Sakuga Rendering UE4:
Been a big fan of UE4 for a while, but have always been bothered about the lack of proper ways to implement custom shading. Many methods involve feeding in a light vector into the material to determine if an area is lit or shaded and then feed that into the emissive input. 2 examples of games that do that are “Guilty Gear Xrd” and “My Hero One’s Justice”. The benefits of using this method is that it is cheap, but you loose the ability for the model to receive shadows from other objects in the scene or the model to shadow itself.
With this method, direct lights reference the base color(the lit color) and subsurface color(the shaded color) to determine the lighting, along with another custom pin value, that fudges if a surface is lit or not. This way, you have more control over the models color, without loosing access to dynamic shadows.
Currently there are two separate shading models, one determines the shaded color by multiplying the base color with the subsurface color and the other only uses the subsurface color itself.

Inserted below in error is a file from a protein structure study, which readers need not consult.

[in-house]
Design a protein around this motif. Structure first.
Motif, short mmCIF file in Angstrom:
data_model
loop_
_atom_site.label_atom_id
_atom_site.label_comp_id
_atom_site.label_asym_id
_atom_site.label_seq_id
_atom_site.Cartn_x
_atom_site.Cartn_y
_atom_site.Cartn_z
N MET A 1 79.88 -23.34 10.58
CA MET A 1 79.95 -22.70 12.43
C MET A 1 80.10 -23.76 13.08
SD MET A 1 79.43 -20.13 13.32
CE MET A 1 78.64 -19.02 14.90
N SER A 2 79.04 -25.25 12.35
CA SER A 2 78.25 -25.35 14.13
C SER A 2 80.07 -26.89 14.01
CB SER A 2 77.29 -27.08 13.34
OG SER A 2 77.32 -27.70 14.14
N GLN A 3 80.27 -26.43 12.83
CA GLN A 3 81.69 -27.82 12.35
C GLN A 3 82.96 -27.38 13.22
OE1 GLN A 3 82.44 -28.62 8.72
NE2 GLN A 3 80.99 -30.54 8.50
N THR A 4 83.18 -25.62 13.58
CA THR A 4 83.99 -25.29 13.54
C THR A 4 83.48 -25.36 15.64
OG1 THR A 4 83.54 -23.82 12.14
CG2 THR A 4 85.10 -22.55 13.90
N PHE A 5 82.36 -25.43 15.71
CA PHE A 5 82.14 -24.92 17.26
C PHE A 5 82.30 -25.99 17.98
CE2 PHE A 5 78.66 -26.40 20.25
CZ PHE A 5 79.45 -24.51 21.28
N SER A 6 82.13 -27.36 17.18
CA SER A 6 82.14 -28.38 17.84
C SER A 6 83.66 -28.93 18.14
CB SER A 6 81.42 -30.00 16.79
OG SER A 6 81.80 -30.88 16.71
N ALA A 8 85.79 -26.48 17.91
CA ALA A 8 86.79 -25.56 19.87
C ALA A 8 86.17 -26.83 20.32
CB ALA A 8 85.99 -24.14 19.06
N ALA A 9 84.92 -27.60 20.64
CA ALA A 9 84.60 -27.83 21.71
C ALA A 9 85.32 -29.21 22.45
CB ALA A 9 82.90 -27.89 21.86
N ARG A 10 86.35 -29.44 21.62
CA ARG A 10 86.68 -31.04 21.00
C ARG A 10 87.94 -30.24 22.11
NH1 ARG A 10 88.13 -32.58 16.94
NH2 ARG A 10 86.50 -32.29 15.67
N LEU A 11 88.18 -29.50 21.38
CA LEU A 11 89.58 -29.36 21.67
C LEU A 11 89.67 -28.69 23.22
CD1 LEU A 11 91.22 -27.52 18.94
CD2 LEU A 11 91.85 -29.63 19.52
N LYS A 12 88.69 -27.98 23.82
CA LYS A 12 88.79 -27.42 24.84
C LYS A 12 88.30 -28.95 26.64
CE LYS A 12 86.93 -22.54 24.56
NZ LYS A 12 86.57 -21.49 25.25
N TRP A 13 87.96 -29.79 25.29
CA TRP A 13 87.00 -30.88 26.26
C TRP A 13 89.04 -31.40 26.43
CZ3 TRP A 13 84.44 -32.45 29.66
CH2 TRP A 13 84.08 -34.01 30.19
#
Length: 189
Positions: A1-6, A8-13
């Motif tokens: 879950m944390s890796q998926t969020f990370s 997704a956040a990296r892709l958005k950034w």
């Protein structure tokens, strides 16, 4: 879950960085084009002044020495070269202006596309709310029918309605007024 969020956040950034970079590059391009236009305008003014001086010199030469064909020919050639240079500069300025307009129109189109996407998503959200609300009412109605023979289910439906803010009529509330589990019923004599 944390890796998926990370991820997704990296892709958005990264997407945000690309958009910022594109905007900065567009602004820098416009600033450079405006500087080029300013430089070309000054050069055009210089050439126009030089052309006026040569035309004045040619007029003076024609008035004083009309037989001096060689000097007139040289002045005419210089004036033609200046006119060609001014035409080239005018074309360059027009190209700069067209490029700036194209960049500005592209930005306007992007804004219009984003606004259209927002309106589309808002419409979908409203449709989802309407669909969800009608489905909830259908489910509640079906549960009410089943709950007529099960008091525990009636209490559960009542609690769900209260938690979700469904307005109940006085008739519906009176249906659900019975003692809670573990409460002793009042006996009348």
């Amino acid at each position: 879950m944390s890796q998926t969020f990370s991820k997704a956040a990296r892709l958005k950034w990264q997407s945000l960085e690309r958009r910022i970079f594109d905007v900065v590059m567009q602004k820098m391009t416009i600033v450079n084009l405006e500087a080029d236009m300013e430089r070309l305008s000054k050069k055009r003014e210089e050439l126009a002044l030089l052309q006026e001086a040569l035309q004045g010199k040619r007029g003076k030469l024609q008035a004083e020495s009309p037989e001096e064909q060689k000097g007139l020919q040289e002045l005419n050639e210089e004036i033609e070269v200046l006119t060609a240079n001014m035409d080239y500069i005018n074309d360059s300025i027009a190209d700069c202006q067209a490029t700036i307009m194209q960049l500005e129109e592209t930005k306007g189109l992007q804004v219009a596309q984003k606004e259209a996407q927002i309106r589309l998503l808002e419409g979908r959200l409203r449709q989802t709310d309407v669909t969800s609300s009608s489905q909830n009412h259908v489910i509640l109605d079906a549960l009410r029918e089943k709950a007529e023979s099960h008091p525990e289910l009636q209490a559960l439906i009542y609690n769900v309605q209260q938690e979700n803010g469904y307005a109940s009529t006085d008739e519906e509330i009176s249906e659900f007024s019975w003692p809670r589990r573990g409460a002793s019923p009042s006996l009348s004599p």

Other lighting is handled normally(except sky-lighting is ignored), so if you need other lighting for the model, you merely use a separate lighting channel. After referencing several anime cell shading game, like “Ni No Kuni”, this seems to be the preferred method for non directional lighting.
I would appreciate some feedback, and will share the fork after cleaning some of the shader code up a bit. Most of the logic was determined from the Guilty Gear Xrd GDC talk which you can find here: https://www.youtube.com/watch?v=yhGjCzxJV3E as well as referencing other games.
Other resources for making your own custom shading model :
[UE4] Adding a custom shading model (Part I) | FelixK development blog
Unreal Engine 4 Rendering Part 6: Adding a new Shading Model | by Matt Hoffman | Medium
Thanks in advance for the feedback!